As with the certificate of deposit, the annual percentage figure makes it easier to compare two mortgages with a variety of different features, such as the loan term, origination fees, points and other closing costs. In some cases, a loan with a higher interest rate but lower closing costs can actually be cheaper.

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APR is annual percentage rate, an interest rate you would pay on a mortgage or other loan. APY is annual percentage yield, an interest rate you would receive on a certificate of deposit or other interest-earning investment.

Often, the difference between these and the stated interest rate looks too small to worry about, but in fact, it does.  In shopping for a loan or investment, you’re generally better off focusing on the best APR or APY rather than the raw interest rate.

These annual percentage figures show what you will really pay or earn over 12 months in real-world conditions, counting the effects of compounding, or earning interest on interest and the damage from fees that aren’t included in the interest rate.

For example, manybanking.com’s Certificate of Deposit Calculator shows how an interest rate earned on a certificate of deposit converts into an annual percentage yield.

To make it simple, assume you buy a $1,000 CD with a 10 percent interest rate for 12 months. If you have the interest compounded once annually, you’d earn $100 in interest over 12 months, just as you would expect. The interest rate and APY are both 10 percent.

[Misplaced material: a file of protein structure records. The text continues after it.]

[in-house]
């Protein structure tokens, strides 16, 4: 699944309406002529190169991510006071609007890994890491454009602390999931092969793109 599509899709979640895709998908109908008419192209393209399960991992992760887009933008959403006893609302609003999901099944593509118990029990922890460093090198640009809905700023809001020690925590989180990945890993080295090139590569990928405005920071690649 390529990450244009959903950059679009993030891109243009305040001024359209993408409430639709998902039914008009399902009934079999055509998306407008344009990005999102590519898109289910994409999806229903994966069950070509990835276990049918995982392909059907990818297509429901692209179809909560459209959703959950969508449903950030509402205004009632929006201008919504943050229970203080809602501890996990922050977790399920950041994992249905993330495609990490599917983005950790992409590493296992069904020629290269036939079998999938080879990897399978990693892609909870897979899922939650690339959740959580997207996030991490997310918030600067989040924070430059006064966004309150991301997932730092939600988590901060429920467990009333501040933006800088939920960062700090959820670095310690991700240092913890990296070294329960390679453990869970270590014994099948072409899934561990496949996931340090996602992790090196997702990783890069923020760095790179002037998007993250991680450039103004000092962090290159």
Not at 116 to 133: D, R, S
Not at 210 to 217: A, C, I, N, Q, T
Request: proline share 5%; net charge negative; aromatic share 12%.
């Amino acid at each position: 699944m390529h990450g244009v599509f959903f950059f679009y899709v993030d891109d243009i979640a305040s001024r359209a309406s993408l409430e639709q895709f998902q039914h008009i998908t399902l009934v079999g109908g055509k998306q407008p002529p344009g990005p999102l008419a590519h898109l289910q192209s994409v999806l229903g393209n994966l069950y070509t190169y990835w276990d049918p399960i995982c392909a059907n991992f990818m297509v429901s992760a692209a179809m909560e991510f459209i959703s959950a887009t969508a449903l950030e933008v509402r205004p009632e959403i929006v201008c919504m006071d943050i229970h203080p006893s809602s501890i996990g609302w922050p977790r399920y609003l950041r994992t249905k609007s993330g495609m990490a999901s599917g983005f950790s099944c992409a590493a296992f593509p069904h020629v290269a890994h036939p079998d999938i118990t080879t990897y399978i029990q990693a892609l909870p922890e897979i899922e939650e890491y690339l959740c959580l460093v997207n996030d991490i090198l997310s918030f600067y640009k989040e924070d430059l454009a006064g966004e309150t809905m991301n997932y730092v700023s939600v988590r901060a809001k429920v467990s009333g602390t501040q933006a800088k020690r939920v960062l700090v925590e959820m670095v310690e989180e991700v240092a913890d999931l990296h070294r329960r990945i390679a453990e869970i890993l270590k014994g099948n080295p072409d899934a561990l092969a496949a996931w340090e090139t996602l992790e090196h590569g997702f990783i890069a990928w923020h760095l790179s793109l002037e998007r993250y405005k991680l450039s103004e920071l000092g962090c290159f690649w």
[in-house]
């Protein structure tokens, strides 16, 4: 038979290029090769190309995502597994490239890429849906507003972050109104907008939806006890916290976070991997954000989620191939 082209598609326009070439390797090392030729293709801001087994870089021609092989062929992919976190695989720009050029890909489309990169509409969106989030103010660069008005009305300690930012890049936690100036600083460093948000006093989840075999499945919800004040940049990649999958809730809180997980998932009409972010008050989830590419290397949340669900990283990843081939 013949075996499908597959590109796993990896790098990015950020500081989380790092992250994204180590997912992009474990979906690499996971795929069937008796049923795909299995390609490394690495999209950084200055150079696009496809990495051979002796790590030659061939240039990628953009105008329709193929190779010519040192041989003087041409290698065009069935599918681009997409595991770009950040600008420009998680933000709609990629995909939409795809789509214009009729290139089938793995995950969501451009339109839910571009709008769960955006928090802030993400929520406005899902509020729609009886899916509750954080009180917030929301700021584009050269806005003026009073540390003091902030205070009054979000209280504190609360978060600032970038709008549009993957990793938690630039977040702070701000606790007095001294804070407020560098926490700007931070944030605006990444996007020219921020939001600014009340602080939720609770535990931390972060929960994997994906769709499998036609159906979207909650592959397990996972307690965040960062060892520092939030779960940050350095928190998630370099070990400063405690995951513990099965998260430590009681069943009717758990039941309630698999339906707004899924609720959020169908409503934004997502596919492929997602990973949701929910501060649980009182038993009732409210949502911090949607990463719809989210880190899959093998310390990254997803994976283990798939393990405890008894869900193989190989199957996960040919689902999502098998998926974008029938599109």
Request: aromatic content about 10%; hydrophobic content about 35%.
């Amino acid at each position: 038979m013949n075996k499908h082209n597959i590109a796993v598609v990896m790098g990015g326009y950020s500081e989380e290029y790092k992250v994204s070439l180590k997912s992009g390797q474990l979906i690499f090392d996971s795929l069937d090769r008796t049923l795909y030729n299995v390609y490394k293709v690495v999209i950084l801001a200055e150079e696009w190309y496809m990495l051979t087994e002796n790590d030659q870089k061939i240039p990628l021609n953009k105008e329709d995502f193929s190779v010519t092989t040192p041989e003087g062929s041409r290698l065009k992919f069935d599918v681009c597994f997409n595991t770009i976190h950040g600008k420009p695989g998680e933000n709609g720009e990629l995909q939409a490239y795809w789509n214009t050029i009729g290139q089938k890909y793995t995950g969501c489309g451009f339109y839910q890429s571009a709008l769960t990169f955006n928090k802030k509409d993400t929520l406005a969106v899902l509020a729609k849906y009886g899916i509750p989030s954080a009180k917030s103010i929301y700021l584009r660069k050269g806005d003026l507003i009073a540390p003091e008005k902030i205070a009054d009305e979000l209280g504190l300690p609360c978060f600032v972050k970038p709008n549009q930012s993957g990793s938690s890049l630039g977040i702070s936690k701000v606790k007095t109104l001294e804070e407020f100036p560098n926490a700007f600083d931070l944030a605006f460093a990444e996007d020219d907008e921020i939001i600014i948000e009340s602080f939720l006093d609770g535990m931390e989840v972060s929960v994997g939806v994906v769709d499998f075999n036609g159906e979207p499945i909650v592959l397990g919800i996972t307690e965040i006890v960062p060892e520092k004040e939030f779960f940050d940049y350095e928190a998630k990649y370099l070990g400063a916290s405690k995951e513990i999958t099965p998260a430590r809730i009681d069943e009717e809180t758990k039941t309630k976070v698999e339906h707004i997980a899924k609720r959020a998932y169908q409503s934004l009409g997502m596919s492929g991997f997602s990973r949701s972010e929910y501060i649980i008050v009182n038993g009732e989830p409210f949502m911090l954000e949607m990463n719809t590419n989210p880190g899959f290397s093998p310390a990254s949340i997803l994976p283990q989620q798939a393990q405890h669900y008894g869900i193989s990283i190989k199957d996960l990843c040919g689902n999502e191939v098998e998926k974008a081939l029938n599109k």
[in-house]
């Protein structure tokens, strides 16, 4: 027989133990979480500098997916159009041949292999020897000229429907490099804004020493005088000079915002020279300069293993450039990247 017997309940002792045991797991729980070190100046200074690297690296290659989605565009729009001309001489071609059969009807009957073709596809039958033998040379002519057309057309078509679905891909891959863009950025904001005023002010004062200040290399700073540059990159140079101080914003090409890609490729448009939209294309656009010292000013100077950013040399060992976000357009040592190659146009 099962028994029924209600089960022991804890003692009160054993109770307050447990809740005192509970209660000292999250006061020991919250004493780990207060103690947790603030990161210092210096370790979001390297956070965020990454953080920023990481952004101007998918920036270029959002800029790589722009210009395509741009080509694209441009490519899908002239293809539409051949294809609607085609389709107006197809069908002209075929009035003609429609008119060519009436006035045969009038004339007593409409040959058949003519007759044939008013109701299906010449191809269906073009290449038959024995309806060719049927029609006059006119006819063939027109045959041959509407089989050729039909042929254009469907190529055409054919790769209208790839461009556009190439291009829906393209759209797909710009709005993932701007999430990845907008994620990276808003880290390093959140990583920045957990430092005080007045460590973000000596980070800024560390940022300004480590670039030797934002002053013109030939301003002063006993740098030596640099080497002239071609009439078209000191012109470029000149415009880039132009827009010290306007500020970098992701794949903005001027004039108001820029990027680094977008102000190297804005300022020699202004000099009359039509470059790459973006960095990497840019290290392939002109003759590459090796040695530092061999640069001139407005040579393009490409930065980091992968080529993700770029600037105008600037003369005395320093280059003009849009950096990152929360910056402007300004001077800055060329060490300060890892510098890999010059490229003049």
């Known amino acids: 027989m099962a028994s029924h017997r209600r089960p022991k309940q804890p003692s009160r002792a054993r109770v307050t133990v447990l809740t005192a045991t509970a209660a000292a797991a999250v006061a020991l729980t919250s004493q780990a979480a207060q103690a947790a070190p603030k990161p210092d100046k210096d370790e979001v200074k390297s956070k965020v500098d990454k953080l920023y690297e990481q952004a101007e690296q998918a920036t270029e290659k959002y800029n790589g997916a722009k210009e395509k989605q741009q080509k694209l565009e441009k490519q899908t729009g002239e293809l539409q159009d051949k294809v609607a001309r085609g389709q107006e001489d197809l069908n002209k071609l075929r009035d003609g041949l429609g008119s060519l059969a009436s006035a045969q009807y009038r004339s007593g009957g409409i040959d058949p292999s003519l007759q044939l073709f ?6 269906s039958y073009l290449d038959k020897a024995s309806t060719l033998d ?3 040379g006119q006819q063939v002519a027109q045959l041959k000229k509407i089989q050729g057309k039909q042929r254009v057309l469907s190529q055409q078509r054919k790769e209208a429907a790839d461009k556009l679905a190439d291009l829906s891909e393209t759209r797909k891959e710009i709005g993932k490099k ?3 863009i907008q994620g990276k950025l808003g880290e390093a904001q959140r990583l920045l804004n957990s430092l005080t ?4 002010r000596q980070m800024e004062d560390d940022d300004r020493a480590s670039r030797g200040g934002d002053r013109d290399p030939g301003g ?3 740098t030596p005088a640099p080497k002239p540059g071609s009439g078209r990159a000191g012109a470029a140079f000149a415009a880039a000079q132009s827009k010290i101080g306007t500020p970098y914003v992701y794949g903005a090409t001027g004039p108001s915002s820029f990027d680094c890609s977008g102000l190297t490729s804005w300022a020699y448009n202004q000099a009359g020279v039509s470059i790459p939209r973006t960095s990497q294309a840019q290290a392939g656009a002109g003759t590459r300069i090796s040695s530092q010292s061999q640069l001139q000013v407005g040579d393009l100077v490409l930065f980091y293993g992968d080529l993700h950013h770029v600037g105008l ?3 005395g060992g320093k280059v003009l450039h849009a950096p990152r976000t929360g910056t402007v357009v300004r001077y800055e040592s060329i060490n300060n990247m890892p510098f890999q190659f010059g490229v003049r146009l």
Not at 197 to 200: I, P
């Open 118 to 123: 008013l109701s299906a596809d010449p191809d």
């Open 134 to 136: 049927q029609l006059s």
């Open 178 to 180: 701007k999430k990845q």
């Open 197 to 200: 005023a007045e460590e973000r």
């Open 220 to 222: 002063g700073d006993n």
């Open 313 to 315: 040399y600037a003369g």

However, through daily compounding, you earn $105 and the APY nudges up to 10.516 percent, even though the interest rate is still 10 percent. The reason is that when you compound daily, the interest payments are credited to your account every day, so each day you earn interest on the interest you received in previous days.  Because compounding annually means the interest is credited once, at the end of the year, so there is no chance to earn interest on interest.

The APY is especially useful if you are comparing two or more CDs that differ in a variety of ways, not just interest rate. One may compound daily, another monthly or quarterly. Or one may have a six-month term, another 12 or 18 months. The APY figures adjust for all these variables, so you can tell which CD is the most generous by looking at just that one figure.

In fact, manybanking.com’s tool for comparing CDs uses APY rather than interest rate. Bank of America (Stock Quote: BAC) offers a 12-month CD with a 2.5 percent APY, while Citibank (Stock Quote: C) has one at 2.6 percent. You don’t have to look much deeper to know the Citibank deal is better.

Next, look at the Mortgage APR Calculator. The default figures show a $100,000 loan for 30 years at an interest rate of 6.25 percent. The annual percentage rate is higher -- 6.514 percent, because it includes the $2,800 in closing costs. Change the three closing cost windows to zero and the APR is the same as the interest rate, 6.25 percent.

As with the certificate of deposit, the annual percentage figure makes it easier to compare two mortgages with a variety of different features, such as the loan term, origination fees, points and other closing costs. In some cases, a loan with a higher interest rate but lower closing costs can actually be cheaper.